Many modern fundamentalist churches condemn the practices of divination, fortune-telling, and magic. It is said that these powers derive from Satan. On multiple occasions, the Bible does condemn dark magic, power used to undermine the work of God. However, the Bible does not condemn all practices of magic outright, just those which cause harm against others.
Hebrew priest often used divination stones known as Urim and Thummim to communicate with God. Modern scholars believe that Urim and Thummim is a form of cleromancy, in which an outcome is interpreted by the random placement of stones as a message from God.
In the breastpiece of judgement you shall put the Urim and the Thummim, and they shall be on Aaron’s heart when he goes in before the Lord; thus Aaron shall bear the judgement of the Israelites on his heart before the Lord continually.
Cleromancy was practiced in many different forms throughout the history of the Jews. Though we are unsure as to the specific practices, there is sufficient evidence to conclude that not all forms of casting lots was banned by scripture.
The lot is cast into the lap, but the decision is the Lord’s alone.
– Proverbs 16:33
In multiple places in the Bible, a Ephod (believed to be some type of spiritual clothing) was used in conjunction with the Urim and Thummim for divination purposes.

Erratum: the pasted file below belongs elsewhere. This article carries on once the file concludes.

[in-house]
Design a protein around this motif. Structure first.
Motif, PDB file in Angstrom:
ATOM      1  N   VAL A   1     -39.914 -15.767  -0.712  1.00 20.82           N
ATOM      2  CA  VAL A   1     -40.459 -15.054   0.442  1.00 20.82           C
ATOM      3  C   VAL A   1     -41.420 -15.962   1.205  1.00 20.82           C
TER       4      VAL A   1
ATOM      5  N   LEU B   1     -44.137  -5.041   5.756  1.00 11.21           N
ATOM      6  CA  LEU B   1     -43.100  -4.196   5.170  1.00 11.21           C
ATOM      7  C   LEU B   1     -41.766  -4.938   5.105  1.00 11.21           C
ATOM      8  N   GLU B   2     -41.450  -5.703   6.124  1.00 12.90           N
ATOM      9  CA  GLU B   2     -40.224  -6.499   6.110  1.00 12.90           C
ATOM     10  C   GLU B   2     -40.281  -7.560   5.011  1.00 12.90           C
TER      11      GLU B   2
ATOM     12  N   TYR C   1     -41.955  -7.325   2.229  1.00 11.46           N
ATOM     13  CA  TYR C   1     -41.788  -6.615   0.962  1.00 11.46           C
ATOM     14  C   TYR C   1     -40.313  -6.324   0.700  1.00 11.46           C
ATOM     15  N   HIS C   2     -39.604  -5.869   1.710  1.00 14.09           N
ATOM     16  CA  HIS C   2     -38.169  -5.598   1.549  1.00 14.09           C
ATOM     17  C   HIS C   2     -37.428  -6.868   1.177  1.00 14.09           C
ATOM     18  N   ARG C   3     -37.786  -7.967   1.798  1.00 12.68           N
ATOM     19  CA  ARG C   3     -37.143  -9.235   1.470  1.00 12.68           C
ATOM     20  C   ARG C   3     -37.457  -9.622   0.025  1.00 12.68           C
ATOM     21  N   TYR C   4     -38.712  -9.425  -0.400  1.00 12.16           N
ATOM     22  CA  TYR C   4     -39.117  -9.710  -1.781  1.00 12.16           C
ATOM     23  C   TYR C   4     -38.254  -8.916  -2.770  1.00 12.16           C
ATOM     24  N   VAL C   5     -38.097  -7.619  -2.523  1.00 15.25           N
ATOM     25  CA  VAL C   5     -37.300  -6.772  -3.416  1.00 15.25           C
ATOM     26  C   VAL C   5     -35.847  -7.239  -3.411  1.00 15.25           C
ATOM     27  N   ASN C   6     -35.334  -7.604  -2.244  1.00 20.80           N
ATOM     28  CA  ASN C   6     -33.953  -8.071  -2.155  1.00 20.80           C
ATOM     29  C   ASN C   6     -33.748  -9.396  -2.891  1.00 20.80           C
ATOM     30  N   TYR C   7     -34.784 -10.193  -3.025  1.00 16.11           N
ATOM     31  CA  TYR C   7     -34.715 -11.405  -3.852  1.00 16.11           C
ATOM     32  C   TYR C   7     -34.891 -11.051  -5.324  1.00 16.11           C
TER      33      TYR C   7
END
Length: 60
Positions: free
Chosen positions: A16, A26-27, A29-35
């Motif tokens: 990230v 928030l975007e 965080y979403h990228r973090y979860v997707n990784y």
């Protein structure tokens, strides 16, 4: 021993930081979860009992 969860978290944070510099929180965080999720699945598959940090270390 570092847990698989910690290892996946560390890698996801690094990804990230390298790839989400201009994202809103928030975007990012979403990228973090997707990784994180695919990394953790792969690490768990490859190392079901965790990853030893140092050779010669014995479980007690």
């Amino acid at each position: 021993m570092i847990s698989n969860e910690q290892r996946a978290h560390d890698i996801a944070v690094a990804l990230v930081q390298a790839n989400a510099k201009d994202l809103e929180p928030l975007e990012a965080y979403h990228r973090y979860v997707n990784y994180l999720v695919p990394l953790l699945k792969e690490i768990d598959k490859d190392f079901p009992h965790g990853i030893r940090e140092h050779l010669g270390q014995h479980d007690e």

When Saul inquired of the Lord, the Lord did not answer him, not by dreams, nor by Urim, nor by prophets.
– 1 Samuel 28:6
In many instances, those who were not prophets often consulted HaShem for guidance through the use of some mystical medium. Only prophets possessed the gift of vision to communicate with God; therefore, it is believed that the average person would have used a divination tool to seek guidance.
The King of Babylon recognized Daniel as an accomplished magician. Though Christians have attributed this as wielding the power of God, what is a prophet but not a magician by any other name?
…Your father, King Nebuchadnezzar, made [David] chief of the magicians, enchanters, Chaldeans, and diviners
– Daniel 5:11
When Moses was before the Pharaoh, he and Egyptian magicians engaged in a witch war, casting spells and performing tricks to outwit the other.
When Pharaoh says to you, “Perform a wonder”, then you shall say to Aaron, “Take your staff and throw it down before Pharaoh, and it will become a snake.”’ So Moses and Aaron went to Pharaoh and did as the Lord had commanded; Aaron threw down his staff before Pharaoh and his officials, and it became a snake. Then Pharaoh summoned the wise men and the sorcerers; and they also, the magicians of Egypt, did the same by their secret arts. Each one threw down his staff, and they became snakes; but Aaron’s staff swallowed up theirs.
– Exodus 7: 9-12
It is more likely than not that the term “wise men” most likely implied magicians of some sort. The Greek word used to describe the three “wise men” is magi (μάγοι). Our modern term, magician, is derived directly from this word. During this time period, the terms for magician and astrologer were synonymous with scholar or scientist. Any person who sought to understand the world also studied mysticism.
In the time of King Herod, after Jesus was born in Bethlehem of Judea, astrologers from the East came to Jerusalem, asking, ‘Where is the child who has been born king of the Jews? For we observed his star at its rising, and have come to pay him homage.’
– Matthew 2: 1-2
The Bible does not condemn those who practice magic for the purposes of “good” intentions, only those who practice with evil intentions. Several instances throughout the Bible applaud the magical acts of magicians.